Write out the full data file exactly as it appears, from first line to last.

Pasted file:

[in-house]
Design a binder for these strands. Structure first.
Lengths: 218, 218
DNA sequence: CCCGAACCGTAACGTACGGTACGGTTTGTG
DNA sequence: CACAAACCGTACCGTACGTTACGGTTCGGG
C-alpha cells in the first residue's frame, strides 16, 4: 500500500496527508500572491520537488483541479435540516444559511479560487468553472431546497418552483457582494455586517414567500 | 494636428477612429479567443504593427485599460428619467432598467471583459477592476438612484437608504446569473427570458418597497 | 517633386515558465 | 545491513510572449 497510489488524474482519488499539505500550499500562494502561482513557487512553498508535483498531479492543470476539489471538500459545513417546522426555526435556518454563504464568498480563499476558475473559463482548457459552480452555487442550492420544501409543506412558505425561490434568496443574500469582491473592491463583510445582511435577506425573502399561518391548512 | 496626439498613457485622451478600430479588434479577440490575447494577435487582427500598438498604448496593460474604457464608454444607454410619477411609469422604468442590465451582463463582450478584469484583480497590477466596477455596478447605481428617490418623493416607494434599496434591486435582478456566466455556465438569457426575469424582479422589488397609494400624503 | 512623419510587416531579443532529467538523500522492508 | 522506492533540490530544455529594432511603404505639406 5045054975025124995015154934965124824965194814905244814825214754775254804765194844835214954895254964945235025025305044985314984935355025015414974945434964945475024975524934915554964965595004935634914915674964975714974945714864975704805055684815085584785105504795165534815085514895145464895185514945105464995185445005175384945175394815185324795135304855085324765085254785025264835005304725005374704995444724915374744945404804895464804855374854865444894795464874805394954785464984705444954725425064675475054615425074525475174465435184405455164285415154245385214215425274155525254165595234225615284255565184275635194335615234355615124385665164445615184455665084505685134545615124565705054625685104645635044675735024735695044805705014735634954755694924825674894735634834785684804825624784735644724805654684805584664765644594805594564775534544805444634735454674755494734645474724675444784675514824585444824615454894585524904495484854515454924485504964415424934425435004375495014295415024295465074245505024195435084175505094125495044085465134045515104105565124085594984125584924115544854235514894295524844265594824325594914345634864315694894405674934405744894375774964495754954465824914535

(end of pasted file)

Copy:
[in-house]
Design a binder for these strands. Structure first.
Lengths: 218, 218
DNA sequence: CCCGAACCGTAACGTACGGTACGGTTTGTG
DNA sequence: CACAAACCGTACCGTACGTTACGGTTCGGG
C-alpha cells in the first residue's frame, strides 16, 4: 500500500496527508500572491520537488483541479435540516444559511479560487468553472431546497418552483457582494455586517414567500 | 494636428477612429479567443504593427485599460428619467432598467471583459477592476438612484437608504446569473427570458418597497 | 517633386515558465 | 545491513510572449 497510489488524474482519488499539505500550499500562494502561482513557487512553498508535483498531479492543470476539489471538500459545513417546522426555526435556518454563504464568498480563499476558475473559463482548457459552480452555487442550492420544501409543506412558505425561490434568496443574500469582491473592491463583510445582511435577506425573502399561518391548512 | 496626439498613457485622451478600430479588434479577440490575447494577435487582427500598438498604448496593460474604457464608454444607454410619477411609469422604468442590465451582463463582450478584469484583480497590477466596477455596478447605481428617490418623493416607494434599496434591486435582478456566466455556465438569457426575469424582479422589488397609494400624503 | 512623419510587416531579443532529467538523500522492508 | 522506492533540490530544455529594432511603404505639406 5045054975025124995015154934965124824965194814905244814825214754775254804765194844835214954895254964945235025025305044985314984935355025015414974945434964945475024975524934915554964965595004935634914915674964975714974945714864975704805055684815085584785105504795165534815085514895145464895185514945105464995185445005175384945175394815185324795135304855085324765085254785025264835005304725005374704995444724915374744945404804895464804855374854865444894795464874805394954785464984705444954725425064675475054615425074525475174465435184405455164285415154245385214215425274155525254165595234225615284255565184275635194335615234355615124385665164445615184455665084505685134545615124565705054625685104645635044675735024735695044805705014735634954755694924825674894735634834785684804825624784735644724805654684805584664765644594805594564775534544805444634735454674755494734645474724675444784675514824585444824615454894585524904495484854515454924485504964415424934425435004375495014295415024295465074245505024195435084175505094125495044085465134045515104105565124085594984125584924115544854235514894295524844265594824325594914345634864315694894405674934405744894375774964495754954465824914535